• Thanks for your comment. Health insurance certainly is a big wildcard — one that I haven’t even begun to research in earnest. Whether ACA will remain intact for the foreseeable future is an issue too as is pricing trajectory. In some ways it promotes a race to the bottom as people will be incentivized to get under 400% of poverty level to qualify for subsidies. It’s probably a good idea to stick to your current target and then re-evaluate. I think that’s the mode we’re in as well.

  5. I am in a similar situation to you. Like you, I have always wanted to travel the world and collect new and interesting experiences. Like you, my wife likes to travel, but a larger priority for her is raising kids and having a stable, secure, and fulfilling environment to grow up. We have two kids, a son – 5 and a daughter -2. We are deciding by the end of this year on whether we will have a third.

    First, to your question on cost. Children don’t need to cost anywhere near what the estimates say in order to excel and have a fulfilling life. Especially with one parent staying home, many of the things that people spend money on aren’t necessary. Most children’s clothes and toys are available in like new condition as hand-me downs or at consignment sales because kids grow so fast. Homeschooling and time with the stay at home parent will be more effective than pre-k classes as my son enters kindergarden this fall and can read basic books, add and subtract two digit numbers, etc. Sports and moms groups provide plenty of socialization. Food for kids doesn’t cost much more unless you start getting lazy and go the fast food route.

    Regarding whether you can have it all on travel with kids. Judging by my experience with the first two, I don’t think that significant (months long) travel would be too easy or fun for me until the youngest child is 3… but after that, I think that it will be completely doable. We envision, trips like hitting all of the National Parks early on, then things like spending the summer in a foreign country each summer as a next step (ie an apartment in Paris one year, Melbourne the next, Cuenca the next, etc.) If we find we like that, full years where we home school or enroll the kids in school in another country may be possible. I plan on keeping the house in the suburbs of Atlanta so there is always a home base. However, I think there are so many options and ways of travelling that you can find one that is successful for your family.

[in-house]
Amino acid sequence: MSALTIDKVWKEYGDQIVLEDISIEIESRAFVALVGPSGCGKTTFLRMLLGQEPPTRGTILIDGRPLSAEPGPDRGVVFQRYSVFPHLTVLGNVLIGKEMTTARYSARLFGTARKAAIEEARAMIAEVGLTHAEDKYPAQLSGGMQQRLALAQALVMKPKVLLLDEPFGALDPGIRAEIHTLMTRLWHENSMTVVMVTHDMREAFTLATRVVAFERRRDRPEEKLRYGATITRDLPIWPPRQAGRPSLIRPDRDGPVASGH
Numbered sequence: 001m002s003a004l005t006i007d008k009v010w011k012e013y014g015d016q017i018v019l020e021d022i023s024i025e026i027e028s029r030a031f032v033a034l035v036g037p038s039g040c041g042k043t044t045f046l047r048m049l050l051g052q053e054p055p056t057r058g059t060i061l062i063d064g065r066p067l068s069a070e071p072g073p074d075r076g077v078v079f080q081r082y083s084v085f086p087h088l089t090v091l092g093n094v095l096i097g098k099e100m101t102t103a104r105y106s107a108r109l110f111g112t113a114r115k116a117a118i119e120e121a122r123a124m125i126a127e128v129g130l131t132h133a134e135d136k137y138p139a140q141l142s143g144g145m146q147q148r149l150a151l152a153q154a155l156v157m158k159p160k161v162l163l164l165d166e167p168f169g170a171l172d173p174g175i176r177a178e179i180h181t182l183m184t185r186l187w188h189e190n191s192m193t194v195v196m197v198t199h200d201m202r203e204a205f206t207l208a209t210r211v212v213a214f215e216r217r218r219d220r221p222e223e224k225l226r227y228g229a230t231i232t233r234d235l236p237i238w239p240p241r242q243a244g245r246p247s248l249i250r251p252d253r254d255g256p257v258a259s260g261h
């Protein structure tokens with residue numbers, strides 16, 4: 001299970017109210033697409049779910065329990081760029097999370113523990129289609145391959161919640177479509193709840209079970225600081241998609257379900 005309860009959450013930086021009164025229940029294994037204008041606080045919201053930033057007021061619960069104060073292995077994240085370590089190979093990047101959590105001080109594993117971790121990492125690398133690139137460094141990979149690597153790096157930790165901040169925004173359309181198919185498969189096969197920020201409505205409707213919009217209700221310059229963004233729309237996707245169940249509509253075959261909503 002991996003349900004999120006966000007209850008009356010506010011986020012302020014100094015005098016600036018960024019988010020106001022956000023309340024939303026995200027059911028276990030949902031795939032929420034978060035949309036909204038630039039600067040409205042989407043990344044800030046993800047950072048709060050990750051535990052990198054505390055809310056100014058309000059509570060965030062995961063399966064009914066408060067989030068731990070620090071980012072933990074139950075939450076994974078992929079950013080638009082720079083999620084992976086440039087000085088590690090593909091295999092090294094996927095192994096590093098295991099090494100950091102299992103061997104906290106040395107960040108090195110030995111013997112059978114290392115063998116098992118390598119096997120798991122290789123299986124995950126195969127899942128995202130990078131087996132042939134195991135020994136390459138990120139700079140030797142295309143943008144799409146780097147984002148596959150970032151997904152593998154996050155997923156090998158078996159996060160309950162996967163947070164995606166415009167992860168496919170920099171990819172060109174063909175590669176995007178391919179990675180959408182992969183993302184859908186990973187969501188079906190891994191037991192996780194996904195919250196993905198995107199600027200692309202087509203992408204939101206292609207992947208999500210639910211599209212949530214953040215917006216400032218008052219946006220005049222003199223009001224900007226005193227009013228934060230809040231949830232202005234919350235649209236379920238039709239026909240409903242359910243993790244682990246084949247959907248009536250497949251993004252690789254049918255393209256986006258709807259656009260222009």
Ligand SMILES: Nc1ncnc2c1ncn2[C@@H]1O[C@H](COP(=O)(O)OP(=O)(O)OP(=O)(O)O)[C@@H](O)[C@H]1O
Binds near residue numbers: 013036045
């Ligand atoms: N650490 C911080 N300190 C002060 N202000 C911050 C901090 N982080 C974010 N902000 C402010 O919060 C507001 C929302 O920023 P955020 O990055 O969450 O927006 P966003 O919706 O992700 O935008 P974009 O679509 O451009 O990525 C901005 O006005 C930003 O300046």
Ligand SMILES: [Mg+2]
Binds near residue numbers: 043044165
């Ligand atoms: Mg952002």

Regarding your plan to travel first and have kids later… I think that might be a mistake if you really want a family. For one thing, the ability to have kids isn’t guaranteed and can get harder as both people age. Also, energy and youth are helpful I think, especially when the kids are little, and I don’t really want to be 60 when my last kid gets out of high school. Working now, with one parent home as the kids are really little has worked well and will probably give your wife all of the “regular” home with kids time that she wants. 🙂 Finally, I think your kids will definitely add something to your travel experiences. I have always wanted to hike the Pacific Crest Trail and my wife wouldn’t be interested at all. I think my son definitely will be once he gets to middle school age, though. 🙂

    So, my long-winded answer to your question is that you can have it all, if you are willing to compromise a bit on how you do it and put the effort in to make it work.

    – Kevin

    • Thanks for the comment, Kevin. Everyone seems to have a different take on how much kids cost. Since we’re below the median in spending in other areas, I hope this means we can also keep kid expenses down as well. Part of me likes the certainty of knowing not having a kid will cost zero. But another part of me thinks I’ll miss out on the joy of raising a kid. I guess that’s the threshold question we have to figure out in the meantime. Hopefully we will still be able to have kids when we decide to and we’ll be in a secure financial position at that time as well.